The formation of fauvisme, which was not a current with an a priori defined program, can be traced back to the period between 1894 and 1897, when Manguin, Matisse, Camoin and Marquet met in the atelier of G. Moreau at the Ecole des Beaux-Arts in Paris. Moreau at the Ecole des Beaux-Arts in Paris: the master’s watercolors, with freely arranged patches of color, and the arabesque line of his oil sketches constituted an initial contribution to the pictorial training of the future fauves, whom Moreau himself stimulated to free research, autonomous from academic conventions.

Anticipations of fauvisme can be found in the paintings of Matisse’s stay in Brittany (1896) and in contemporary works by Valtat, through which the influence of the Nabis is also filtered. Between 1897 and 1898 arrived in Paris Van Dongen, Friesz and Puy, who came into contact, at the Académie Carrière, with Matisse and Derain: the latter, in 1900, knew Vlaminck and rented a studio with him in Chatou. The same year came to Paris Braque and Dufy who, with Friesz, formed the so-called group of Le Havre and suffered strongly the influence of the painting of Matisse. Thus, at the beginning of the century, all the painters who five years later would be referred to as the fauves were in contact with each other in Paris.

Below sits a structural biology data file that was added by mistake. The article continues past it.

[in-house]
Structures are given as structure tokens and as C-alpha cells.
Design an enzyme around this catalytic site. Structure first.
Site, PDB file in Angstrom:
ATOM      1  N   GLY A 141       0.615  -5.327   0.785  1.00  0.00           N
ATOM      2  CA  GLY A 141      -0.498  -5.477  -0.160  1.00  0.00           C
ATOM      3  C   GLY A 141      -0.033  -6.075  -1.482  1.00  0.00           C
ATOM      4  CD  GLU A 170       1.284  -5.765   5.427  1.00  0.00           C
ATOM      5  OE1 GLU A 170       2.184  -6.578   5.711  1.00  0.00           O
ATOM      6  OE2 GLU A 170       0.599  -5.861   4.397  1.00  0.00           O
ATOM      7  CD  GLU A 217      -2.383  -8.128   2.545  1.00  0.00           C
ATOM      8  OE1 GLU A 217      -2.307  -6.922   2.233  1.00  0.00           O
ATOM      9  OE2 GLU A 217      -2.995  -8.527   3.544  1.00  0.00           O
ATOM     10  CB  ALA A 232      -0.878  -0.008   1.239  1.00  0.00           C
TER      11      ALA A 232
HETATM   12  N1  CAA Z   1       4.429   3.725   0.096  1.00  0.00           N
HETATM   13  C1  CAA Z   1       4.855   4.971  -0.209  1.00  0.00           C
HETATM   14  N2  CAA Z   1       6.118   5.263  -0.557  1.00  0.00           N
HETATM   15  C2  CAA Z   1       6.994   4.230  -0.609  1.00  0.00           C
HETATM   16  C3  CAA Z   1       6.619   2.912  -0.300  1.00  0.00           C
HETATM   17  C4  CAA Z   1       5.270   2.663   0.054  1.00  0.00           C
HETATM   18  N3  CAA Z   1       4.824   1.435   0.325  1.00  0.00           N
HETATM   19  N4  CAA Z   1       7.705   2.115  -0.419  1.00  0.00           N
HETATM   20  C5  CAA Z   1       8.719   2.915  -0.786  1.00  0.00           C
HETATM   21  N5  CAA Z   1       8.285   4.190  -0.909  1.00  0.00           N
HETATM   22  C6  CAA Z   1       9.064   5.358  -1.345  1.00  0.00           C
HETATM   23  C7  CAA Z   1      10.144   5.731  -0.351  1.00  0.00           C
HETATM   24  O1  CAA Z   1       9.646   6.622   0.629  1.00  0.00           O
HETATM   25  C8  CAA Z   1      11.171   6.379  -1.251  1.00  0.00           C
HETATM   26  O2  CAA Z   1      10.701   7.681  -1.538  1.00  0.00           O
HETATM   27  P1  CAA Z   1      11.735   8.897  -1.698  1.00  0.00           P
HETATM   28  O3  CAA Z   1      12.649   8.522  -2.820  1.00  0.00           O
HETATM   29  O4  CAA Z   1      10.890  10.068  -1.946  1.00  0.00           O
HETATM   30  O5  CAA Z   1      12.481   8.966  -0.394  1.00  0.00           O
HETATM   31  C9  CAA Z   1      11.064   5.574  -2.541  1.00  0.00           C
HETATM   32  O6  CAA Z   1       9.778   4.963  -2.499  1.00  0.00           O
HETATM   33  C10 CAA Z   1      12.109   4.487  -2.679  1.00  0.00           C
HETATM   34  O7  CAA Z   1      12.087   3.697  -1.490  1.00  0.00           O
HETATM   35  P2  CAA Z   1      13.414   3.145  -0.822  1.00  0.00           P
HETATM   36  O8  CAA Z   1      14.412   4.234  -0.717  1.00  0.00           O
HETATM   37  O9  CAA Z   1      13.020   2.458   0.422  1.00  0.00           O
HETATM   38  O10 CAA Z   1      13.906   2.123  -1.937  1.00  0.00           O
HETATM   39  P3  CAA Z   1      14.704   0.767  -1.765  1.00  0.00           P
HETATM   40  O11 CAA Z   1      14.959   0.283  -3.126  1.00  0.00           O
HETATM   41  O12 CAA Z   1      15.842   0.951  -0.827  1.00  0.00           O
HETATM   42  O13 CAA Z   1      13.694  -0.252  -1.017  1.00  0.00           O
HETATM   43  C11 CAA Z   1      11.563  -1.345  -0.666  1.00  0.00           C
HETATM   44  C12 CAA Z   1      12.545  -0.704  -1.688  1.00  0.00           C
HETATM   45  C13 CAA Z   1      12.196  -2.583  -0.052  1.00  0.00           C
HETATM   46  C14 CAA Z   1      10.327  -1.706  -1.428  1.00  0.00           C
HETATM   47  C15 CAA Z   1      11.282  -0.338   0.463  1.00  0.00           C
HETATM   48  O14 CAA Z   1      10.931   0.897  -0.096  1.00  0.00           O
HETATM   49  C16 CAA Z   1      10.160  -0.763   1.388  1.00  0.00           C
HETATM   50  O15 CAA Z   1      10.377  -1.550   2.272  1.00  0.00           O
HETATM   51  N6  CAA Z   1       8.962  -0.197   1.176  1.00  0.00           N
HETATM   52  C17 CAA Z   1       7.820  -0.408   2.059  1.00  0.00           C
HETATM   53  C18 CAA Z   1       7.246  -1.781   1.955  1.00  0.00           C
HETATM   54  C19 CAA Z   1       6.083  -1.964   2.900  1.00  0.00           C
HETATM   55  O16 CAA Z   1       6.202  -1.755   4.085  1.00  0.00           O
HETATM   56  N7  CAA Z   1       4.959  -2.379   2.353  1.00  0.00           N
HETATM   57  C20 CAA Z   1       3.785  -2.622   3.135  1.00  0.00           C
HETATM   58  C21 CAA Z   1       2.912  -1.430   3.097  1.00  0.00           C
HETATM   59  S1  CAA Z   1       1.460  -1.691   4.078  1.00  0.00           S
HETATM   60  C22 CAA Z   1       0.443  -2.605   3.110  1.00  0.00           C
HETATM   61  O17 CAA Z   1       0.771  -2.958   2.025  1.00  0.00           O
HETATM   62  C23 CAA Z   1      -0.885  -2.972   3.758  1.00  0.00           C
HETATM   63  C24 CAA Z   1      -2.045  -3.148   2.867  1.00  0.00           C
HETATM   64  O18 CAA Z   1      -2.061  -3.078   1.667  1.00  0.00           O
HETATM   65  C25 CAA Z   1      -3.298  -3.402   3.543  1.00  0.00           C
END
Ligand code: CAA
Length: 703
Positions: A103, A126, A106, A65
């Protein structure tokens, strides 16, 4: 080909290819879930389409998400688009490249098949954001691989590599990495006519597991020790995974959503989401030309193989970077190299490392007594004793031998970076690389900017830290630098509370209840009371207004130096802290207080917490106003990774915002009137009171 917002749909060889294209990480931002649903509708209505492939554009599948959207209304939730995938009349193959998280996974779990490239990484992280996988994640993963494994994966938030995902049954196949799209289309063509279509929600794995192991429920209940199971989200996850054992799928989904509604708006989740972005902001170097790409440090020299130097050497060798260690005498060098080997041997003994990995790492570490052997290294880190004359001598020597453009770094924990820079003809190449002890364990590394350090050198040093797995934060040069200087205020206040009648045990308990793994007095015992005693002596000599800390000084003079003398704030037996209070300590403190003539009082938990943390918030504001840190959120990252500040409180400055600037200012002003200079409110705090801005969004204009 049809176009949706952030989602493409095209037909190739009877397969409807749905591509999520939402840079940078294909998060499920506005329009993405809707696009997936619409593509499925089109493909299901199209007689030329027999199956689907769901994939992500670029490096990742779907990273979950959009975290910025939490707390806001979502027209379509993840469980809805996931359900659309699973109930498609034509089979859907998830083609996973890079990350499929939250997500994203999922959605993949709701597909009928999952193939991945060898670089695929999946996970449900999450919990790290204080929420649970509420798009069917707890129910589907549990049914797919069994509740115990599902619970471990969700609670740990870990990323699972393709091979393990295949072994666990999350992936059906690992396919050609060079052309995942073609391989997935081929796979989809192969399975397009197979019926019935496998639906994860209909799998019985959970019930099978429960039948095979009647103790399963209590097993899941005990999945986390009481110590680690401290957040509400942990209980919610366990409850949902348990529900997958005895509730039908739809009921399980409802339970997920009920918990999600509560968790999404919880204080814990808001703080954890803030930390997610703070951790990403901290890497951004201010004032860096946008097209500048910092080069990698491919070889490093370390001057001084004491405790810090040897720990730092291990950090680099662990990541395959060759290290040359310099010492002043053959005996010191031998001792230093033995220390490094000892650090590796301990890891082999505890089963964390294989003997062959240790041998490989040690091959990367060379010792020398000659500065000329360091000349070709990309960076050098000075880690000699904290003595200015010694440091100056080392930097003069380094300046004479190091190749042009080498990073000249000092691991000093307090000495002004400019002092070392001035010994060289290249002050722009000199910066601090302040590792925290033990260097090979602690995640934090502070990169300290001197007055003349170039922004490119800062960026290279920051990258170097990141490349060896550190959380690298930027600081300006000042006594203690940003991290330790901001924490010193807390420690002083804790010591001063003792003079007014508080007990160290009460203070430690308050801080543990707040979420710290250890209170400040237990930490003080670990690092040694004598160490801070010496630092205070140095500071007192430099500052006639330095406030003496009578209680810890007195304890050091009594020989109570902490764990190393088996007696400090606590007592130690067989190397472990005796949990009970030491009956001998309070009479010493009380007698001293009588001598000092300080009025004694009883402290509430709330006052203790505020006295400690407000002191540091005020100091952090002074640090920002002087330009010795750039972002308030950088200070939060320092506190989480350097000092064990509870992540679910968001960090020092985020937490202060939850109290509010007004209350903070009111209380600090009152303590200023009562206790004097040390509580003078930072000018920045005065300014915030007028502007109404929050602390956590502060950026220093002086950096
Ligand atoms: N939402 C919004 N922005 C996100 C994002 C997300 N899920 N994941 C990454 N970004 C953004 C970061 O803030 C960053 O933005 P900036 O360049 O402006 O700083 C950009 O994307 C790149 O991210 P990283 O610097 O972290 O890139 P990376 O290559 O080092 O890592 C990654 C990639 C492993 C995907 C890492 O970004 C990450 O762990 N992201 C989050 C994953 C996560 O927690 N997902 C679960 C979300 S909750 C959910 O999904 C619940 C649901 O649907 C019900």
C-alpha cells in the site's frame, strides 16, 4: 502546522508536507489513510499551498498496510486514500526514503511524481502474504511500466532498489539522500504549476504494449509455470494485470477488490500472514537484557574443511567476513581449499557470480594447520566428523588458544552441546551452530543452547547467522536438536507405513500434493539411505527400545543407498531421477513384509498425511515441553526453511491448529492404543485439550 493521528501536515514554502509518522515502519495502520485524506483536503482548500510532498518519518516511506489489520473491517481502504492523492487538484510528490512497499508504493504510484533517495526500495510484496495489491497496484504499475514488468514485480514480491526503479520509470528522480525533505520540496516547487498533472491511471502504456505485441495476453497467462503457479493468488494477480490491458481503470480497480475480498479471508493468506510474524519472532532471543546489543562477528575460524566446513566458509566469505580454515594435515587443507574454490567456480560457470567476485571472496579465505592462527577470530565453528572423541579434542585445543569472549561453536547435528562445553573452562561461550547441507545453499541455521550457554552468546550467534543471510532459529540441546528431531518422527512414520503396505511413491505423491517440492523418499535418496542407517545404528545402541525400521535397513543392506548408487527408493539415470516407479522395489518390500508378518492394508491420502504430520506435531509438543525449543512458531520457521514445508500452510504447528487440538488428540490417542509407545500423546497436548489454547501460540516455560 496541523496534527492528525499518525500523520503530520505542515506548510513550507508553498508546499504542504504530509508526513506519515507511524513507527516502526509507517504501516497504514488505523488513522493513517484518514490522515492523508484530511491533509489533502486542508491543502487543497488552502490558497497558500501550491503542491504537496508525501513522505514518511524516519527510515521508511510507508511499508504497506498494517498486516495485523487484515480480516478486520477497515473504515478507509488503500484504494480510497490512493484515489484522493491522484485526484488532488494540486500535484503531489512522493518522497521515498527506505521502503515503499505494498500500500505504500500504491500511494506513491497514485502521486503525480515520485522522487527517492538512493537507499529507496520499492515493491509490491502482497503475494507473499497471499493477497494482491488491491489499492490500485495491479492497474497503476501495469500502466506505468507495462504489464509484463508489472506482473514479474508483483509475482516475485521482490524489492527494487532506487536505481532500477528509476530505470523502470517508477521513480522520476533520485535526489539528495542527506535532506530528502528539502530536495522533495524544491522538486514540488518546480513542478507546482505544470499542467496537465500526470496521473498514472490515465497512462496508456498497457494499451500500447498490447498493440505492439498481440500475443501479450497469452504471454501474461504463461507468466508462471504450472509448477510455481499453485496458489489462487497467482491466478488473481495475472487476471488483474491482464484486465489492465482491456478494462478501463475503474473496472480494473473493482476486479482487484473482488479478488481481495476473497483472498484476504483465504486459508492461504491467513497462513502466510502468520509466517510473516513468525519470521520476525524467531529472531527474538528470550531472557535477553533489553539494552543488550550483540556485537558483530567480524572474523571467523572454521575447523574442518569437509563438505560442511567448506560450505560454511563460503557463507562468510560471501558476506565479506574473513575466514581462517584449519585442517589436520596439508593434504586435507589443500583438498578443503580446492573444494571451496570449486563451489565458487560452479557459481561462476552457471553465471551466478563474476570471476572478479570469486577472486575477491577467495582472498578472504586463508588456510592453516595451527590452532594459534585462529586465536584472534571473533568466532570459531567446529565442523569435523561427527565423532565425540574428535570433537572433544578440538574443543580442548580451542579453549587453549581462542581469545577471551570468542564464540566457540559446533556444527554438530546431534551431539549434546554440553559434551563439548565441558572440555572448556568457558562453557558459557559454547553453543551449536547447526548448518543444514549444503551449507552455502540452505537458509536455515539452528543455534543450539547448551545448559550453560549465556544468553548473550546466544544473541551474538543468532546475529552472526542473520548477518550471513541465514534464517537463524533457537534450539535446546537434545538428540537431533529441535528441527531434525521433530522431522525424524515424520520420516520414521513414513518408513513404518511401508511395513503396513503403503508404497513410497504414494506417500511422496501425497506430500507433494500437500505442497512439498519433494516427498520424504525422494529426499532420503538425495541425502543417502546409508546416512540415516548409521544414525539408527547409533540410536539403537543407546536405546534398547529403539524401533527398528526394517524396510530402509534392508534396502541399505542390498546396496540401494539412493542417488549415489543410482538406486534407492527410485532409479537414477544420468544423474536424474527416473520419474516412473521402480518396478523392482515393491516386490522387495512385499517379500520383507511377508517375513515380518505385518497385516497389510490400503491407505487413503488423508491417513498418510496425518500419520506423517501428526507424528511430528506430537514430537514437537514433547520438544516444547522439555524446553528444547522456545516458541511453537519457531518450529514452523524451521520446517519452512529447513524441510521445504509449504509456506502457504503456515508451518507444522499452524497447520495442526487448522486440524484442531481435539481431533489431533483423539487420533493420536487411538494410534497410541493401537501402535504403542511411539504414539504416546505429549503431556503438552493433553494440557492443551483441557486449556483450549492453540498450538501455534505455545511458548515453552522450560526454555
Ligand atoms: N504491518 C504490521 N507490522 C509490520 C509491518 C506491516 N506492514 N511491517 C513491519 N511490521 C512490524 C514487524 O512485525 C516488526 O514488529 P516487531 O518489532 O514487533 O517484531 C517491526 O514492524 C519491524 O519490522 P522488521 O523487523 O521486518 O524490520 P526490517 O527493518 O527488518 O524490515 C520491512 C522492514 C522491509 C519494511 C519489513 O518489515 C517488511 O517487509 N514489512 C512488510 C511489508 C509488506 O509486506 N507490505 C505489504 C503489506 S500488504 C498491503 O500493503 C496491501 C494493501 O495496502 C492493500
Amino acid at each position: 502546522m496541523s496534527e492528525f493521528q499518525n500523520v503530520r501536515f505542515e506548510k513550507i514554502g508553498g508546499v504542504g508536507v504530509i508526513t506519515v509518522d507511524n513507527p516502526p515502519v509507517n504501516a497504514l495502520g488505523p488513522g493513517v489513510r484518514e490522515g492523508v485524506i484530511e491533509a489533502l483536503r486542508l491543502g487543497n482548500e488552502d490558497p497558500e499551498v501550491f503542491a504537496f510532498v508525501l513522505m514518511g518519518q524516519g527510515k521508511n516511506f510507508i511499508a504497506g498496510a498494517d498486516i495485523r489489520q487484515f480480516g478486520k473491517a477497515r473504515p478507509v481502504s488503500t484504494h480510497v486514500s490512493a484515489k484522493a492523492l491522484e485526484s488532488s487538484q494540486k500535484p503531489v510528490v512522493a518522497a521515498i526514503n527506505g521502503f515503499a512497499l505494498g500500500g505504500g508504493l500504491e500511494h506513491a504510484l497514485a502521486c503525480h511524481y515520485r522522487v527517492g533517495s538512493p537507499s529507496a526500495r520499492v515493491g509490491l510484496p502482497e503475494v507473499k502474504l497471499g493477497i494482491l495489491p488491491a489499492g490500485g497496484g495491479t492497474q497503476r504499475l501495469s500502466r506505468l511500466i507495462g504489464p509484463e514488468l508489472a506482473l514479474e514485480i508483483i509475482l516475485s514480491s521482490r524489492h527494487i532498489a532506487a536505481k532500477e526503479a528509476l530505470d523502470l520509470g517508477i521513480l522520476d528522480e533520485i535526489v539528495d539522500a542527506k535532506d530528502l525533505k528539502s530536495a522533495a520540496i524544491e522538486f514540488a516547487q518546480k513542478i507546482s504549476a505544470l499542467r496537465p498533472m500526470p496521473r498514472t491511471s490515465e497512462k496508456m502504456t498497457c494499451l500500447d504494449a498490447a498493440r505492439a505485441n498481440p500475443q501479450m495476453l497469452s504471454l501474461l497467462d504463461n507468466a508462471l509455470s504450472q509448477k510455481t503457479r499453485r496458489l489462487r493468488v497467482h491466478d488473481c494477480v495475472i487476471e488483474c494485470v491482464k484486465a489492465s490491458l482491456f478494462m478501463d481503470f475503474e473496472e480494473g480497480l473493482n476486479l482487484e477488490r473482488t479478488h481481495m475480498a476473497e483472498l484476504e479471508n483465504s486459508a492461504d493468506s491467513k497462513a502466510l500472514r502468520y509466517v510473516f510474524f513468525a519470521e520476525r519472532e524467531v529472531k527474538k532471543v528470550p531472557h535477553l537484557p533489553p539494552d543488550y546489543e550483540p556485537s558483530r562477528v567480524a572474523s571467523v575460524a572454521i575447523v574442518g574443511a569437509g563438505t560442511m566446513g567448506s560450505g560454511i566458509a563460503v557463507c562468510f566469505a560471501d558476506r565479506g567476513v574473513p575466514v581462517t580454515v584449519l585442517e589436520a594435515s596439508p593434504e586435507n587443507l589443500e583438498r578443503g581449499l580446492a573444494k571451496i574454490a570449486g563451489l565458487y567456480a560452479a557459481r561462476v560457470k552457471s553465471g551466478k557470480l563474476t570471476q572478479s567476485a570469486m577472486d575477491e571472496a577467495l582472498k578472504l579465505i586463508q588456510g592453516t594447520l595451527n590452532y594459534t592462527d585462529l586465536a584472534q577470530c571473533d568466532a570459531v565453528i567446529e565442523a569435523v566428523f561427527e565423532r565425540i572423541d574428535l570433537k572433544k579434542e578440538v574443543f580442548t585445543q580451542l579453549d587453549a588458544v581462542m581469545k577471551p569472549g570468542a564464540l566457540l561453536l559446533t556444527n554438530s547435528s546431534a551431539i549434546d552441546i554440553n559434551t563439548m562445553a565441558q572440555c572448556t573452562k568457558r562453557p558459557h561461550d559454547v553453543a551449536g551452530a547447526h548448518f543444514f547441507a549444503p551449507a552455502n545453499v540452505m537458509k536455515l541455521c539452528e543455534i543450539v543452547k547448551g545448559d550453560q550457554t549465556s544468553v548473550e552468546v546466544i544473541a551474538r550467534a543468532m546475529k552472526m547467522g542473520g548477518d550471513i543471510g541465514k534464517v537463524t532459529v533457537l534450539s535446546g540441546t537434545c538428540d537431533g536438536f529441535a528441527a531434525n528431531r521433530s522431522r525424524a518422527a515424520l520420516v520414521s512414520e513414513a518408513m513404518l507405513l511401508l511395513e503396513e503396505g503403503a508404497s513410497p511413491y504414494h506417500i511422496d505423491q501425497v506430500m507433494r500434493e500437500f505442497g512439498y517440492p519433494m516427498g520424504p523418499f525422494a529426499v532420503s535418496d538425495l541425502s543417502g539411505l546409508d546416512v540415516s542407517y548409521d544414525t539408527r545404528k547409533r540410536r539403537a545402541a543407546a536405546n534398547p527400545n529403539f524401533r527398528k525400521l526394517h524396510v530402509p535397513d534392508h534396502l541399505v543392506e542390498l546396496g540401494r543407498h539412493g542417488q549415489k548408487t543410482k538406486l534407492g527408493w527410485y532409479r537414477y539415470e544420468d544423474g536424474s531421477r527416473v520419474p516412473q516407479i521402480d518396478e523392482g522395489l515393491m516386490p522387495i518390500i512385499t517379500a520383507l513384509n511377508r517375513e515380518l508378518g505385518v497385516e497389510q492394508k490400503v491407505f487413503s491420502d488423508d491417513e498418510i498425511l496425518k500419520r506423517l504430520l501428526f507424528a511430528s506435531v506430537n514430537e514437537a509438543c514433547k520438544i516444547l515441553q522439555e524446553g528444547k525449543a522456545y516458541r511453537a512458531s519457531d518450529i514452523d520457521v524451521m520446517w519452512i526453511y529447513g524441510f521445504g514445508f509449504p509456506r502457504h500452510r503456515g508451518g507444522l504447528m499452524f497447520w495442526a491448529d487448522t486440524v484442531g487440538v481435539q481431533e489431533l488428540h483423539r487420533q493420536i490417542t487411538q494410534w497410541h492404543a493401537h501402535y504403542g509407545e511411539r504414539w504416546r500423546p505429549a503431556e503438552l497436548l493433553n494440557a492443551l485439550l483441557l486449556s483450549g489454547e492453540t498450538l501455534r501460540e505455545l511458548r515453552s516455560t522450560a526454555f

Fauvism, prepared by different suggestions and stimuli, is defined as a new mode of expression based on the autonomy of the painting: the relationship with visible reality is no longer mirroring and nature is understood simply as a “springboard” or, in Symbolist terms, as a repertoire of signs from which to draw for their free transcription. The young painters in Moreau’s studio discussed Impressionism a great deal, often in negative terms, but they fully grasped the novelty of a light generated by the combination of pure colors. Matisse and his friends, however, looked with greater interest in other directions: first of all, at Van Gogh, whose retrospective exhibition (Paris, 1901) had made an enormous impression on them, and especially on Vlaminck; then at Seurat, whose theory of color was known through the mediation of Signac, who in 1899 had published Da Eugène Delacroix al neoimpressionismo. The pointilliste component is well recognizable in works by Matisse. Marquet and Derain between 1903 and 1905 (Derain, Arbres, 1903, Paris. Coll. Kvrilis; Matisse. Luxe, calme et voluptè, 1904-05. New York, Coll. Whitney).